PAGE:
(Side note: Mariah Carey’s "Merry Christmas" is obviously No.1; why are you still reading this list?)

Additionally, come college, my mom’s persuading would stick and Madonna’s "Confessions on a Dance Floor" would disallow me from sitting still. And this time it would be unabashed. Plus, I’d later understand that Ray of Light was, is, and should be largely credited with bringing electronica to the mainstream. Not the Chainsmokers kind, the Grimes kind. And I only have albums from one of those artists. Just sayin.’

I also recall impatiently waiting to hear La India snarl “estúpido!” with venom on “Ese Hombre” from my mom’s "Dicen Que Soy" album, my first introduction to the salsa princess, because it was the most assuredly correct translation I could make out. And then being thrilled to learn that she could also sing in English (because I could join her!) on my dad’s "Nuyorican Soul", a compilation from house-garage producers Masters at Work, the title providing a dead giveaway of the three entities it honored. India’s song was “Runaway,” originally sung by disco’s Loleatta Hathaway (and backed by the Salsoul Orchestra), and I thought it was the funkiest damn thing that had ever moved my 11-year-old heart.

(Side note #2: Just last year, my mother gifted me with her worn vinyl of Salsoul’s 1976 "Christmas Jollies" and I was moved ... so, it’s confirmed, adulthood brings awareness. Also, I should have gotten the hint about La India’s bi-lingualism when she covered Chaka Khan’s “Through the Fire” in Spanish on Soy but, again, youth.)

Eventually though, I don’t remember grimacing as my father painstakingly taught me, line by line, the lyrics to Sly and the Family Stone’s “Everyday People” or Bill Withers’ “Lean On Me,” accompanied by my very own Casio keyboard—that Bossa Nova beat button was the truth and yet rarely needed—or when my mother played at nauseam Natalie Merchant’s "Tigerlily", the folk-pop singer’s first solo effort after departing from alt-rock purveyors 10,000 Maniacs. In fact, I credit the latter with my near-compulsory unconditional infatuation for any folk-tinged female. Gimme a Jenny Lewis, a Kimya Dawson, a Feist at any given moment, please.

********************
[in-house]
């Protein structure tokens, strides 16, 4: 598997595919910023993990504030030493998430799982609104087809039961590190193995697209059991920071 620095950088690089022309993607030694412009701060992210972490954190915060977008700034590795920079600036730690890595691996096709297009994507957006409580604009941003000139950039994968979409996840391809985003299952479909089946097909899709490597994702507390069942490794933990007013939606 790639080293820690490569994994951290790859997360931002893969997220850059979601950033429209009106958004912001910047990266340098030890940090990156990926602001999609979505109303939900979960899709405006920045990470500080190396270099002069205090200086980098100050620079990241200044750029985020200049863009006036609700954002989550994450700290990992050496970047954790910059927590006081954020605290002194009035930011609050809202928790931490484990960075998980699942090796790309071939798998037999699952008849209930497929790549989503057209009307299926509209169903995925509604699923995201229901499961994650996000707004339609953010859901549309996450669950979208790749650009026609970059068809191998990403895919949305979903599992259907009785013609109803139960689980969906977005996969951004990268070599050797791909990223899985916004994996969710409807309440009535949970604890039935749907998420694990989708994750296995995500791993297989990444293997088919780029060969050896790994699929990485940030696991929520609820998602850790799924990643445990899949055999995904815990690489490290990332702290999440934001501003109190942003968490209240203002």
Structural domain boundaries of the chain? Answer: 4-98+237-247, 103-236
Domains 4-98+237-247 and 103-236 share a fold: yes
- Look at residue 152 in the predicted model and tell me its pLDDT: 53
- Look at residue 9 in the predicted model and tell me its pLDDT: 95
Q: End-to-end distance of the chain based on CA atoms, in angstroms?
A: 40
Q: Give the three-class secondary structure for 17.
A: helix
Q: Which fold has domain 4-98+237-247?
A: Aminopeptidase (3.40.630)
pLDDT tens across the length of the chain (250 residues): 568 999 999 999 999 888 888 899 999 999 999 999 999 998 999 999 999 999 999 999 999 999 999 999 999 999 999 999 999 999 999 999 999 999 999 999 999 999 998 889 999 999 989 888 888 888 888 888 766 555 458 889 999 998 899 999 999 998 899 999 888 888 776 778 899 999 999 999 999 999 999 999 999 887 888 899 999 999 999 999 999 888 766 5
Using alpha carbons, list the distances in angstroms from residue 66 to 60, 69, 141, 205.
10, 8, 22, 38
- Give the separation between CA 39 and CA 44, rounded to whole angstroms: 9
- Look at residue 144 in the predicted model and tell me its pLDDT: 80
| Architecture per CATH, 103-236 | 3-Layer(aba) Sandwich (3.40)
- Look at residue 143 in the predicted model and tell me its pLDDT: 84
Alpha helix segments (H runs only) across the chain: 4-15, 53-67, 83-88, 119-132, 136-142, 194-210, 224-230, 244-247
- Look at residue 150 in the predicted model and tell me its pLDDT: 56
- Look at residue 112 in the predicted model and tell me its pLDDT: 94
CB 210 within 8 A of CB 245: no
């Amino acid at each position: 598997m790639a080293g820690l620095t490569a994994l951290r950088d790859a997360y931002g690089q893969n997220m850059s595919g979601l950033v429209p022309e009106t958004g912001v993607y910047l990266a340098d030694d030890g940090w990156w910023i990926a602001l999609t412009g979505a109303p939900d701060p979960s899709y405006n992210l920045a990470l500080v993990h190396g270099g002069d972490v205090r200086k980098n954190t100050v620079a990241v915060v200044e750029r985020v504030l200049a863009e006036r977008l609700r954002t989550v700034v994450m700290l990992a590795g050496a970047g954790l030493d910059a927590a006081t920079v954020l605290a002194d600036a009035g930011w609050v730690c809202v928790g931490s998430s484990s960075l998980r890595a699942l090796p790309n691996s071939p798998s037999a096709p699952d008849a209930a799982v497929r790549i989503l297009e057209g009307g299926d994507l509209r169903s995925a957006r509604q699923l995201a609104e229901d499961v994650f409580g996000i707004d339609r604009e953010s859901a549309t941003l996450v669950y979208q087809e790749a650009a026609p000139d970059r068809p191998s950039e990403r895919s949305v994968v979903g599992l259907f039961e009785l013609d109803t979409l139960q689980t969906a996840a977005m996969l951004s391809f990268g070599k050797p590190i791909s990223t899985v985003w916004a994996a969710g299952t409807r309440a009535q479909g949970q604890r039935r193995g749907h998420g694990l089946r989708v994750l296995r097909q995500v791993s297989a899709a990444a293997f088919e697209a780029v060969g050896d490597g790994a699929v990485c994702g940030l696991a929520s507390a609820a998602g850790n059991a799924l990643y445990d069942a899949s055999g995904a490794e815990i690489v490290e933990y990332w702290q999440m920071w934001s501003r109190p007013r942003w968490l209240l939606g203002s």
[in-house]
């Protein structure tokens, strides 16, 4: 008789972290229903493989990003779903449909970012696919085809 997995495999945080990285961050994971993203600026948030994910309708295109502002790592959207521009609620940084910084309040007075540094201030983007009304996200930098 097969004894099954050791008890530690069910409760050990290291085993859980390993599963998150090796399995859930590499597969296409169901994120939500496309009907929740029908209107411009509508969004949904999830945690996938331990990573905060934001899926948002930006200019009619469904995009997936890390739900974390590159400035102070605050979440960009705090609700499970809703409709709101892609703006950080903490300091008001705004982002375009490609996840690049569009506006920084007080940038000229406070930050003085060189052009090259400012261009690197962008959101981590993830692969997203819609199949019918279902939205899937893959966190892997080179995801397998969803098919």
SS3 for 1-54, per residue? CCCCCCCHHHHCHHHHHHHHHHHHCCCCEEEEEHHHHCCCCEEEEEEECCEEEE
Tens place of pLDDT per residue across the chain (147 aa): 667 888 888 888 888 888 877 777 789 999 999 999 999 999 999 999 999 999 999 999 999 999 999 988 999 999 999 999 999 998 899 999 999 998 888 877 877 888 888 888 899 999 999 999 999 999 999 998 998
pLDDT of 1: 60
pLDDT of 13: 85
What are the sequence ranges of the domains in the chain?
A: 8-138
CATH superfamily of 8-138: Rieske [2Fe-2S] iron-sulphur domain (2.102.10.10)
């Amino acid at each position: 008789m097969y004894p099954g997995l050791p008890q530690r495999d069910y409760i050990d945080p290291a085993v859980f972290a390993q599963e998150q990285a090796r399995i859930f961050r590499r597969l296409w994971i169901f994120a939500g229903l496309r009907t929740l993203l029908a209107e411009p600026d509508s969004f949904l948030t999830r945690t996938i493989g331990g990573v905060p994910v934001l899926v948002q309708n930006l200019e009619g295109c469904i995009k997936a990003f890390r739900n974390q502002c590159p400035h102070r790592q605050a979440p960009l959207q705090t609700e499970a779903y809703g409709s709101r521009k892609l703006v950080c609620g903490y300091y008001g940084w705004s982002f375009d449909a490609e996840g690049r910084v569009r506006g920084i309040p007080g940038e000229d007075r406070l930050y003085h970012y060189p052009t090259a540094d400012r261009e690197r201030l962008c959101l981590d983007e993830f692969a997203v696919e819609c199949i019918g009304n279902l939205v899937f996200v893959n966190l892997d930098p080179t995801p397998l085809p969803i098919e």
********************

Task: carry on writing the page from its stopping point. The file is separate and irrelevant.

My parents’ cultural differences haven’t warranted me a single trip to Barbados or a fluency in Spanish yet (because I’m an equal opportunist with my neglect, obviously), but it has blessed me with this grade-A eclectic ear.

And that, even if inadvertently, has provided me with a reliable and comforting familiarity—a rarity when you’ve spent your coming-of-age days trying to sew two skins into one.

For all the times I never felt fully steeped in either half of myself, this knowledge—an ironic result of such—felt reassuringly full. The twist being that the reasons for, and results of, my ambiguity would actually equip me with the ability to wax about something universal. An oddity to proud of. A sly example of the whole being greater than the sum of its parts. If torn, as previously mentioned, music would be the mending.

Unfortunately, the other unexpected result of all this is that my insatiability for consuming music has left me treating concert tickets like a monthly bill, a poorly-managed one—this is maybe a cry for help, guys—but, like, I can still make you a mean playlist? 

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Danielle Cheesman

 is a Senior Editor,  @RevoltTV follow her  @daniellesaid